A Mason Jar Food Storage Solution
What are the chances that you have empty mason jars sitting around somewhere? Perhaps they're filling a box in the bottom of a cupboard or tucked away at the back of a shelf in the garage. Of course, they may not be all that inaccessible, but it's not unusual for at least a few, odd jars to be in the home, available but unused.
They're designed for canning purposes, of course, but if they're not at the moment needed for canning, it is possible to make use of them for other food storage needs.
Consider, for example, that half consumed jar of peaches -- or whatever other fruit or vegetable may be left over after having opened that jar of preserves. Likely, you will want to refrigerate them so that they might be saved for another meal on another day. Once the lid seal has been broken, however, the practicality of using your jars for that purpose diminishes - UNLESS - you are ready to make use of one simple adaptation.
Ball is now marketing plastic storage caps that are designed to be used on either wide mouth or regular mouth glass canning jars. Sold in sets of eight, these lids allow those preserving jars to be adapted to refrigerator storage.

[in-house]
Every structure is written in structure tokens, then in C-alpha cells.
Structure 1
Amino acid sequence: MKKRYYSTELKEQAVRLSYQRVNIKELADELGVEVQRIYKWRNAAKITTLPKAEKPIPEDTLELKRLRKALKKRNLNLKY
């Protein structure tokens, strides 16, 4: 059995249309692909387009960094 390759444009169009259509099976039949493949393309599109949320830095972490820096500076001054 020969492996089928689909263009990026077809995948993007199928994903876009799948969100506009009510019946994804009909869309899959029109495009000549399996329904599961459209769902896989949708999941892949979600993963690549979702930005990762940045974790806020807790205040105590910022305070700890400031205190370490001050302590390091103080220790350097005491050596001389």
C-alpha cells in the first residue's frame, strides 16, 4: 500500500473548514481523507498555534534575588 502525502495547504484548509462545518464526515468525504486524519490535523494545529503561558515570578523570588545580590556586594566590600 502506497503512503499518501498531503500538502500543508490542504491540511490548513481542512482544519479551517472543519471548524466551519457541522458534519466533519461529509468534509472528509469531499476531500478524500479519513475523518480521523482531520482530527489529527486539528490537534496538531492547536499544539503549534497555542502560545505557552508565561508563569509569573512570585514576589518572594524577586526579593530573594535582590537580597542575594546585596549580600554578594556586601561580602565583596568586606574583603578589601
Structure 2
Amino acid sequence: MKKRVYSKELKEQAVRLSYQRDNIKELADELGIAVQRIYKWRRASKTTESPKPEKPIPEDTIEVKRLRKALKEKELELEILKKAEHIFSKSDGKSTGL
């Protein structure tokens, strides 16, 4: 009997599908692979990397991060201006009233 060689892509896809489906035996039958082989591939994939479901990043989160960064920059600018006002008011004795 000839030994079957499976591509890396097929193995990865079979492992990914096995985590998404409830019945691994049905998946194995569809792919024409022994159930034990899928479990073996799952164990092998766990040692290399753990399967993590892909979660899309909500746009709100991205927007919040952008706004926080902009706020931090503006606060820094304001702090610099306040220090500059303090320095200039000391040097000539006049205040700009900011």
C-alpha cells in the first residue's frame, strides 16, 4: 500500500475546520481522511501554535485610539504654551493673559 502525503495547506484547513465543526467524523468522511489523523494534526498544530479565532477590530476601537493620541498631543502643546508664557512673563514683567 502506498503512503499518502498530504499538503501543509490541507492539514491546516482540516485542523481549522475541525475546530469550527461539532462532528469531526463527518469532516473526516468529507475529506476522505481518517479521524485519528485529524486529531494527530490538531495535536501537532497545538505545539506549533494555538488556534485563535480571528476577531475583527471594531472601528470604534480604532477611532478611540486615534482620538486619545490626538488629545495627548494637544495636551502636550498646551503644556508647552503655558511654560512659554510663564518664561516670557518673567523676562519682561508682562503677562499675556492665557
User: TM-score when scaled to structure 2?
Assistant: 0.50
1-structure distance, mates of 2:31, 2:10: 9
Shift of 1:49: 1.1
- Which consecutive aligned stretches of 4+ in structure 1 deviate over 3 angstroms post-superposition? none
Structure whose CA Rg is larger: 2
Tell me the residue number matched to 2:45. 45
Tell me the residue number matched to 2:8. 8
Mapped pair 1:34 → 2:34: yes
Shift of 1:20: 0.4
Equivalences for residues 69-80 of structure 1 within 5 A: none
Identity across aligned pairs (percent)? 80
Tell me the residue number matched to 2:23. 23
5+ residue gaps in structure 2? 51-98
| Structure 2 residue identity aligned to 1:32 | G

It is a simple matter to grab one of those dishwasher safe, reusable, plastic storage caps; screw it onto the jar which is now containing leftovers, and store it and its contents conveniently away in the refrigerator. You have just eliminated the need to transfer the extra food into another glass or plastic container.
Those spare, empty jars could similarily be used for dry pack storage. Do you have packages of rice, cereal, or some other goods that you would like to put into storage, but hate the fact that they come packaged in non-rodent resistant cardboard boxes? Even if you are not particularly worried about mice or rats, you might want to consider the possibility of insect infestation, or water damage.
In these situations, glass jars would certainly provide you with much peace of mind. There are, of course, food storage containers that are available and that are desigend for those kinds of uses, but if you already have the preserving jars, this may just save you a little extra expense.
A Final Thought:
Before you discard the original packaging, you may want to save the package directions. Take a pair of scissors and simply cut them away from the box. These instructions could then be saved with the rice, or pasta, or whatever it might happen to be, in the storage jar.
That should avoid the "How do you make this stuff?" type of questions when it comes time to use it. You may know, but whoever is planning on doing the cooking, may not.